NCI Cancer Bulletin: A Trusted Source for Cancer Research NewsNCI Cancer Bulletin: A Trusted Source for Cancer Research News
April 27, 2004 • Volume 1 / Number 17 E-Mail This Document  |  Download PDF  |  Bulletin Archive/Search  |  Subscribe

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A Conversation with Dr. Daniel C. Sullivan

Dr. Daniel C. Sullivan, associate director for the NCI Cancer Imaging Program, and several other NIH researchers developed a new model for NIH funding of consortium research projects. This model was recently approved by Dr. Norka Ruiz Bravo, the NIH deputy director for extramural research. Dr. Sullivan talks about this new funding model with the NCI Cancer Bulletin.

Dr. Daniel C. Sullivan Why is this new funding model for team science needed?
Right now there are only a couple of ways that NIH can fund a team project. In every case, only a single principal investigator is recognized in the grant, and other team members do not get recognized in their academic institutions for their contributions. Also, under current NIH mechanisms, transdisciplinary teams must structure an application to fit the mission of a single institute, which often imposes artificial constraints on their projects. This model eliminates those constraints.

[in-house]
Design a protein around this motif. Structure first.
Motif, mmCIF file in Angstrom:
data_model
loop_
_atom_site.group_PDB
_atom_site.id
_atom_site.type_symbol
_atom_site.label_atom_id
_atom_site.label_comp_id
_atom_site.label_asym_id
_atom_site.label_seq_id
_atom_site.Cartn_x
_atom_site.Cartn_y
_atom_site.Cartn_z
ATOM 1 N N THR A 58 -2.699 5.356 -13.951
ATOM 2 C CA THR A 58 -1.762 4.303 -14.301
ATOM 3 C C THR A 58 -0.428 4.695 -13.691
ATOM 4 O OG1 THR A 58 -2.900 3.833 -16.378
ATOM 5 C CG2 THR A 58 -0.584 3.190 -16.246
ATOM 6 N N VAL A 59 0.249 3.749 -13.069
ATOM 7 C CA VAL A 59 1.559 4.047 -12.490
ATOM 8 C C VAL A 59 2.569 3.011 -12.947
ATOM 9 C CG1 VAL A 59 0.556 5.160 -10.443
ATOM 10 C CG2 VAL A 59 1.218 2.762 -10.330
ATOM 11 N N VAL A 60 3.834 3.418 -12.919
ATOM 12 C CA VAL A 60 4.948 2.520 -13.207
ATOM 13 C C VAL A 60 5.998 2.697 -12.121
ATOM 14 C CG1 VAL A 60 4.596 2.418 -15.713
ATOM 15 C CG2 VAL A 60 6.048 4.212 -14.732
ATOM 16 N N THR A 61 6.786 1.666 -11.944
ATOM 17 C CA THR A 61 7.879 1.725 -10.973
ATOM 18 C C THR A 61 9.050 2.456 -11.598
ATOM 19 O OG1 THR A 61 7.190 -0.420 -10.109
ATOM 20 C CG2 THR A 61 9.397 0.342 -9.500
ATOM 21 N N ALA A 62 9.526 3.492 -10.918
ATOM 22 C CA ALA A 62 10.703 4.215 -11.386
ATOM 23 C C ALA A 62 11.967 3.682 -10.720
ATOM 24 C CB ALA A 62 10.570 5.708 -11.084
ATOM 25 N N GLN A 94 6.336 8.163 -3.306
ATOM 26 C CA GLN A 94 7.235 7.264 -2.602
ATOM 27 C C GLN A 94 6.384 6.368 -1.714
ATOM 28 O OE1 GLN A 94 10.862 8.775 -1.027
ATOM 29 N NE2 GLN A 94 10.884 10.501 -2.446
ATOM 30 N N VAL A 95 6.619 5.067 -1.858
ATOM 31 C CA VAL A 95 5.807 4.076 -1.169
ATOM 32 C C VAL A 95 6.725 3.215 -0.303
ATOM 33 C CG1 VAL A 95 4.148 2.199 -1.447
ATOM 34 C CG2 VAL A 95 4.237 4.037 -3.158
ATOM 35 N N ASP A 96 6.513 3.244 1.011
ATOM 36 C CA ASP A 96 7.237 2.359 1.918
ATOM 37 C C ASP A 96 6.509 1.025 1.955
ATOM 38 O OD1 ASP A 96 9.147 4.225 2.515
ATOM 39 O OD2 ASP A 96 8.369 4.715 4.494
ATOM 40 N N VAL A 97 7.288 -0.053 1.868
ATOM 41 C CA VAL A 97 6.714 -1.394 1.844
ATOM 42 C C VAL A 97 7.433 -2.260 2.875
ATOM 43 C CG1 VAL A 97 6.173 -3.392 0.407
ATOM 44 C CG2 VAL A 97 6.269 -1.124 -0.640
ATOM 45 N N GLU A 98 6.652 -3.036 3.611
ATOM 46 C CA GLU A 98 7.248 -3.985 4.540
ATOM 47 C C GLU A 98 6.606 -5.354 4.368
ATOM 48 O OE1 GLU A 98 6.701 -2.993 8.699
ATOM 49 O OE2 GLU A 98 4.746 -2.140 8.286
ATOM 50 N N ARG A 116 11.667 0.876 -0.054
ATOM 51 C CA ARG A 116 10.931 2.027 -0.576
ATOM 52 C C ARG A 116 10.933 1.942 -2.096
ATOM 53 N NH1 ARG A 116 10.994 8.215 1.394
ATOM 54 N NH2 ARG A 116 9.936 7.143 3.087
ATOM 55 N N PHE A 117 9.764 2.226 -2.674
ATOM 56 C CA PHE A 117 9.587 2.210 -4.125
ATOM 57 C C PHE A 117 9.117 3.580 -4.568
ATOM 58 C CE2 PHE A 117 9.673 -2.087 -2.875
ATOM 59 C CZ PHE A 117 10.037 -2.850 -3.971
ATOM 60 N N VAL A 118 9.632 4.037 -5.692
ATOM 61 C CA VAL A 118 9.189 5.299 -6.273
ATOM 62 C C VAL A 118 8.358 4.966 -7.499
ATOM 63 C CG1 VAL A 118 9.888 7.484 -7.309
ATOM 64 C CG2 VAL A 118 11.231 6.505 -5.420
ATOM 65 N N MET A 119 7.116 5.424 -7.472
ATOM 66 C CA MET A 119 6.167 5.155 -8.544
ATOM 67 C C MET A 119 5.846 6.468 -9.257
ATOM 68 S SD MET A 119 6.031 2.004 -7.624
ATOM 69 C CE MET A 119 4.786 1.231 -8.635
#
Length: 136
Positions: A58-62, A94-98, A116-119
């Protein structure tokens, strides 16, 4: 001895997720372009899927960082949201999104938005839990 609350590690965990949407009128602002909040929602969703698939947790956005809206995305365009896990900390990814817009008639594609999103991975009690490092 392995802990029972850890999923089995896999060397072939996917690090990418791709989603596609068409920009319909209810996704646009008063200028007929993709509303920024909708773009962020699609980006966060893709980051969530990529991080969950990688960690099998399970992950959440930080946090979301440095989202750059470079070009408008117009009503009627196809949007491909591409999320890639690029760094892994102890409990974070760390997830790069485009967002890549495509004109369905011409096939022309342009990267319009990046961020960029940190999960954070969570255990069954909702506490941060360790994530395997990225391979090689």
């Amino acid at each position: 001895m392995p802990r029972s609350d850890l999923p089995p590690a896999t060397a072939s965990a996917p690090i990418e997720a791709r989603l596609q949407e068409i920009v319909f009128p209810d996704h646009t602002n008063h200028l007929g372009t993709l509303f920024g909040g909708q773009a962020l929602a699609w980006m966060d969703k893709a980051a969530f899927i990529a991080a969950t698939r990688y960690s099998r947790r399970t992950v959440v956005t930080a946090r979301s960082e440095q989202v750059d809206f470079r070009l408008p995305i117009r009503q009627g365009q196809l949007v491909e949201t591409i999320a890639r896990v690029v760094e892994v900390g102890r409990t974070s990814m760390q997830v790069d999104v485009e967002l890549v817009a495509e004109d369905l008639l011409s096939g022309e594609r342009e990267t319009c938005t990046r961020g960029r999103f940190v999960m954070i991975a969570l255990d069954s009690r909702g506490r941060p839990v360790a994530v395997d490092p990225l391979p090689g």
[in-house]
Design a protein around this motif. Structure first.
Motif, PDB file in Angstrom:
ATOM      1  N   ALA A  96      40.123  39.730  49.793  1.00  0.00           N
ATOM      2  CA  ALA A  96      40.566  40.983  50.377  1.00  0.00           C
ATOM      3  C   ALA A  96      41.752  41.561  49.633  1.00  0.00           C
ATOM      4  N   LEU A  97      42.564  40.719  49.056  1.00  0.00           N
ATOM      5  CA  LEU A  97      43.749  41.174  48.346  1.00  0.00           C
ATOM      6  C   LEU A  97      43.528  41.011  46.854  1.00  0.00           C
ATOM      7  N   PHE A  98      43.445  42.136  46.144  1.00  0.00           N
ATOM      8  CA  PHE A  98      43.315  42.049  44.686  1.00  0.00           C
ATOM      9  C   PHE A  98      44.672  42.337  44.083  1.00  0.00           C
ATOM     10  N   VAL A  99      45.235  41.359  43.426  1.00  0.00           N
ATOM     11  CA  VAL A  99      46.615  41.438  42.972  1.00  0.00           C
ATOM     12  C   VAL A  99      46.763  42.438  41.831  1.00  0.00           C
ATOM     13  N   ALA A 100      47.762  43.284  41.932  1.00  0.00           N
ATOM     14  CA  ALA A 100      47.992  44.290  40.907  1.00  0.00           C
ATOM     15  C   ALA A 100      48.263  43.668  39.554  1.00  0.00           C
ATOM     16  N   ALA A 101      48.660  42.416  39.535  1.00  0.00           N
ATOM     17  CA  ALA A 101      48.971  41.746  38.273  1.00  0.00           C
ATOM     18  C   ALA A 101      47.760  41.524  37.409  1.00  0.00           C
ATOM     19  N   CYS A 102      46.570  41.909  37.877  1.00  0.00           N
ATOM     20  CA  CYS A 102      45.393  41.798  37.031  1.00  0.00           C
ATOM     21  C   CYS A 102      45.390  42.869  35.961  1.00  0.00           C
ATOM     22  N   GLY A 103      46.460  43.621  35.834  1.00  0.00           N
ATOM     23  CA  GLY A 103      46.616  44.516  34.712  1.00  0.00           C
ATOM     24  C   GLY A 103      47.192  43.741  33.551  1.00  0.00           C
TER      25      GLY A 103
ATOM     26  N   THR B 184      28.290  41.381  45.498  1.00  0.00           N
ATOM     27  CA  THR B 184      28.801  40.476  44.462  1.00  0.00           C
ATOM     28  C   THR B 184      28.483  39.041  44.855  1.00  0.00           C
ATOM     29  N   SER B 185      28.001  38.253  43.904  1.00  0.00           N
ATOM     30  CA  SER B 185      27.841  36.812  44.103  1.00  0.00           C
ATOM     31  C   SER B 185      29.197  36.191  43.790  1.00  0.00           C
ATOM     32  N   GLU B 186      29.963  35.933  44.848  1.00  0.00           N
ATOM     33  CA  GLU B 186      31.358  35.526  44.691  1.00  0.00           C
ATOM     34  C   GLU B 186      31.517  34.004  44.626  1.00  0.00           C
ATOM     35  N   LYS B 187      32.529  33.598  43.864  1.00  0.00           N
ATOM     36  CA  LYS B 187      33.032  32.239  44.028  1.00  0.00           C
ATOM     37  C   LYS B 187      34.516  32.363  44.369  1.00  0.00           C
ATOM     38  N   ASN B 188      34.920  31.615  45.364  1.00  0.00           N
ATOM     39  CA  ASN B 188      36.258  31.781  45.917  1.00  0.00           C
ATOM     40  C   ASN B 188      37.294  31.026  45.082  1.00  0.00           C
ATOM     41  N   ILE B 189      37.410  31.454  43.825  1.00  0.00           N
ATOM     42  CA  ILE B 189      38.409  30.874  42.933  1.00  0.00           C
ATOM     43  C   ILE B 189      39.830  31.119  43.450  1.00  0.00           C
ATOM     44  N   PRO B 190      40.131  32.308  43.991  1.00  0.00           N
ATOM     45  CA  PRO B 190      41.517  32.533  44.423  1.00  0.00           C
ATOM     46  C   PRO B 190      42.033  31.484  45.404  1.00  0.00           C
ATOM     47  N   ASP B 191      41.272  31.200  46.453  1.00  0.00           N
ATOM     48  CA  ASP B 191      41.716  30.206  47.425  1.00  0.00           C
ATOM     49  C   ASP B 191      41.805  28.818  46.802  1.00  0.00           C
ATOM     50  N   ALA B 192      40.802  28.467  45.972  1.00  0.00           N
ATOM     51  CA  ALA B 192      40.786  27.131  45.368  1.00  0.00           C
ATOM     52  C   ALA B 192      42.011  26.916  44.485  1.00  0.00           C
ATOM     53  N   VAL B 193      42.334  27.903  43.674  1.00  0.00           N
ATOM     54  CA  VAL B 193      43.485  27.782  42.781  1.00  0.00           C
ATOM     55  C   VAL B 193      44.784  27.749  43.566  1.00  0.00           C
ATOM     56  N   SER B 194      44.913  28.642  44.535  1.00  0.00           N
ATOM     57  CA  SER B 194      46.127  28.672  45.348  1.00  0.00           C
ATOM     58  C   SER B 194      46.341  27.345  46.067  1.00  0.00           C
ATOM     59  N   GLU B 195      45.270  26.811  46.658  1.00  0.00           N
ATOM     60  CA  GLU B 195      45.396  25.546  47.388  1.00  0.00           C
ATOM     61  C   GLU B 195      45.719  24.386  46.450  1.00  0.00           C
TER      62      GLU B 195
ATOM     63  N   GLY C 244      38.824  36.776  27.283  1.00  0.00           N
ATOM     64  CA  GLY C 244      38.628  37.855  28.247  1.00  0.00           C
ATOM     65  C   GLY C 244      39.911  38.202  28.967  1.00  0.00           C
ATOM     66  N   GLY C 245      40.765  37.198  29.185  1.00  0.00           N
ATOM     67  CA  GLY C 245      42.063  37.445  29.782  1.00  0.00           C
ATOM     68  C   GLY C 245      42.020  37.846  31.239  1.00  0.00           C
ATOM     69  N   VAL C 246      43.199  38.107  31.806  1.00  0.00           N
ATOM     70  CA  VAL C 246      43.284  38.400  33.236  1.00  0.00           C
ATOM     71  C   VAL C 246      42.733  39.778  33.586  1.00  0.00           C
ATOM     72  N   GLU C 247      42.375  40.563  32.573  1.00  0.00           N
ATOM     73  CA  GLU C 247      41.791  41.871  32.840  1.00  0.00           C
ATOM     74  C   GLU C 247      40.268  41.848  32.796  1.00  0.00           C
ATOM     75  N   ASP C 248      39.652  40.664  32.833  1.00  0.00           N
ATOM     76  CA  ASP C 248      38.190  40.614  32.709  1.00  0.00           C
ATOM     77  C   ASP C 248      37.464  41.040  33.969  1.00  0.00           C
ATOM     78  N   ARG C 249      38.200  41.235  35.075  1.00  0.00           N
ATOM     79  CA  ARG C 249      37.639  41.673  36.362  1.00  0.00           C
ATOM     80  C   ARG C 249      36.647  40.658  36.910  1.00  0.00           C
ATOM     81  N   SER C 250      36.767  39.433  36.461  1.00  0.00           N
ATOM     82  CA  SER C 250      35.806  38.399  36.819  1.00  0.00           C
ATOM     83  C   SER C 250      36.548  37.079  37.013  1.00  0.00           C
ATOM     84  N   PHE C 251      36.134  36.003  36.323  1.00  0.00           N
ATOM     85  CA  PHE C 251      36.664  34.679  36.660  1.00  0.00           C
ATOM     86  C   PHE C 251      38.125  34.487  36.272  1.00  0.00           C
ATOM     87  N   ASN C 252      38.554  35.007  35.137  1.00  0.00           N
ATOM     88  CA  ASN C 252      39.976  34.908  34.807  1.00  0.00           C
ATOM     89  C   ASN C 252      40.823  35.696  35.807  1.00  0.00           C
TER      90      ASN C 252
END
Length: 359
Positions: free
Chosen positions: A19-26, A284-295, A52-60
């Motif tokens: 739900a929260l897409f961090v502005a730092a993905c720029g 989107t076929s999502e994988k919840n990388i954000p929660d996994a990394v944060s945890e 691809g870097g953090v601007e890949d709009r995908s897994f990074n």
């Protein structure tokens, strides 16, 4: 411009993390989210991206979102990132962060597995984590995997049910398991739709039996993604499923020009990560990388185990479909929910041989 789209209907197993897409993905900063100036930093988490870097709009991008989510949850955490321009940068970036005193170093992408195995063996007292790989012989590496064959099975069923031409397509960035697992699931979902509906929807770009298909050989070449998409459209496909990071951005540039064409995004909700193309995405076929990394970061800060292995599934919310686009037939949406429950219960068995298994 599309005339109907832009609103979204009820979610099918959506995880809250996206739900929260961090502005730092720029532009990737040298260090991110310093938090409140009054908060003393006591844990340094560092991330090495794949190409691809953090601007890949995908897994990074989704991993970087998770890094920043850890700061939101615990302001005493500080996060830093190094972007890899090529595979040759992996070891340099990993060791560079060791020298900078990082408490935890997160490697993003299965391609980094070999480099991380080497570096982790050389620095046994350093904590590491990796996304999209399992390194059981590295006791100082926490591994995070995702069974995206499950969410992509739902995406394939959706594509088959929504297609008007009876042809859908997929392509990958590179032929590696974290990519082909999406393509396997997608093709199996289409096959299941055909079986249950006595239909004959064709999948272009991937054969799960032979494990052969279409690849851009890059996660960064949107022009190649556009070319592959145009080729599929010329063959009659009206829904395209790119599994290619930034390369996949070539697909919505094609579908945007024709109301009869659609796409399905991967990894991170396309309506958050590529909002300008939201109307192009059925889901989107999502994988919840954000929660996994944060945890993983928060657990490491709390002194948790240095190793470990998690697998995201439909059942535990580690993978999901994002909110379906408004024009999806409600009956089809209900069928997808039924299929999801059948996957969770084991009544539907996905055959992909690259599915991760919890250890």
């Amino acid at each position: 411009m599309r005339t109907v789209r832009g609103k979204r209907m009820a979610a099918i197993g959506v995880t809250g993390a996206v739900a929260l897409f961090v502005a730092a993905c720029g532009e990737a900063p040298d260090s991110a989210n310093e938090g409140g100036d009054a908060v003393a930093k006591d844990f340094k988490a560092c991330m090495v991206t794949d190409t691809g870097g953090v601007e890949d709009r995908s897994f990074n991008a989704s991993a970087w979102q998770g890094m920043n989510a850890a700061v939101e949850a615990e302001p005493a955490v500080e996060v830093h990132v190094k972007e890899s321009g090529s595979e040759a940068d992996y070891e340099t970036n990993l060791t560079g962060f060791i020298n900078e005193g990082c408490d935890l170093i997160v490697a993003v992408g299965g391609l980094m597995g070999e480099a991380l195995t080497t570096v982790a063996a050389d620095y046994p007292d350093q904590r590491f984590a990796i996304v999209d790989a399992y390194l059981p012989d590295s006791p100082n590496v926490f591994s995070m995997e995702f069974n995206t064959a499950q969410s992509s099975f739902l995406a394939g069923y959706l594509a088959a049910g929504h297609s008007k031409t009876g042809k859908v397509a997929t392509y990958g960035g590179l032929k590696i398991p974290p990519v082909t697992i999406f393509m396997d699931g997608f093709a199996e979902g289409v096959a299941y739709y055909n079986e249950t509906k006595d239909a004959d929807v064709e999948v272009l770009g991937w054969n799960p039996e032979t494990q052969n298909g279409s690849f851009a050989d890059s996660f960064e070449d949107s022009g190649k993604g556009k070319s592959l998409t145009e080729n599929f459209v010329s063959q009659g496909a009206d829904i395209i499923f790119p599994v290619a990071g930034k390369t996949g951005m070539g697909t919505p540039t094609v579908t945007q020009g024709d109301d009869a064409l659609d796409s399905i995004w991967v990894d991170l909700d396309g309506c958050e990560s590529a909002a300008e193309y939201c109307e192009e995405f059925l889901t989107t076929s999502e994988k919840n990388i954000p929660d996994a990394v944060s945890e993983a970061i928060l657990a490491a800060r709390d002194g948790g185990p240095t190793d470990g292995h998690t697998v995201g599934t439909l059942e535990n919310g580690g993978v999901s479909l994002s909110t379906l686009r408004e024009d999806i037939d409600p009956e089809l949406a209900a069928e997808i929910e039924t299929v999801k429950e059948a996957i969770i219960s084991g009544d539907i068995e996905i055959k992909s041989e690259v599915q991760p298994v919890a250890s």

So how does it work?
Under this model, a team would submit a single application consisting of a bundle of different applications for each individual project within the larger project. The entire application gets a single score, but each project would be funded individually by different NIH institutes and have its own grant number. An outside special emphasis panel convened by the NIH Center for Scientific Review would review the entire application. Staff from the appropriate institutes would serve as the management team to administer the entire consortium after it has been funded.

Initially, any projects for which this model can be used will have to be identified through an RFA or program announcement. The NIH Interdisciplinary Road Map Committee will most likely be the first to use this new model.

Are there other efforts under way to promote team science?
There is a lot going on. The NIH Interdisciplinary Research Committee is one example. The NIH Bioengineering Consortium (BECON) has created a committee on interdisciplinary research and team science. Then there is a new subcommittee of the Committee of Science in the White House Office of Science and Technology Policy. This subcommittee, the Research Business Models Subcommittee, is investigating a variety of ways to improve the climate for team science. It is quite a serious effort. More information on its work is available at http://rbm.nih.gov.

So there are lots of things going on across NIH and the Federal government. But this particular consortium idea is one of the first very specific pragmatic proposals to provide a new funding mechanism for investigators.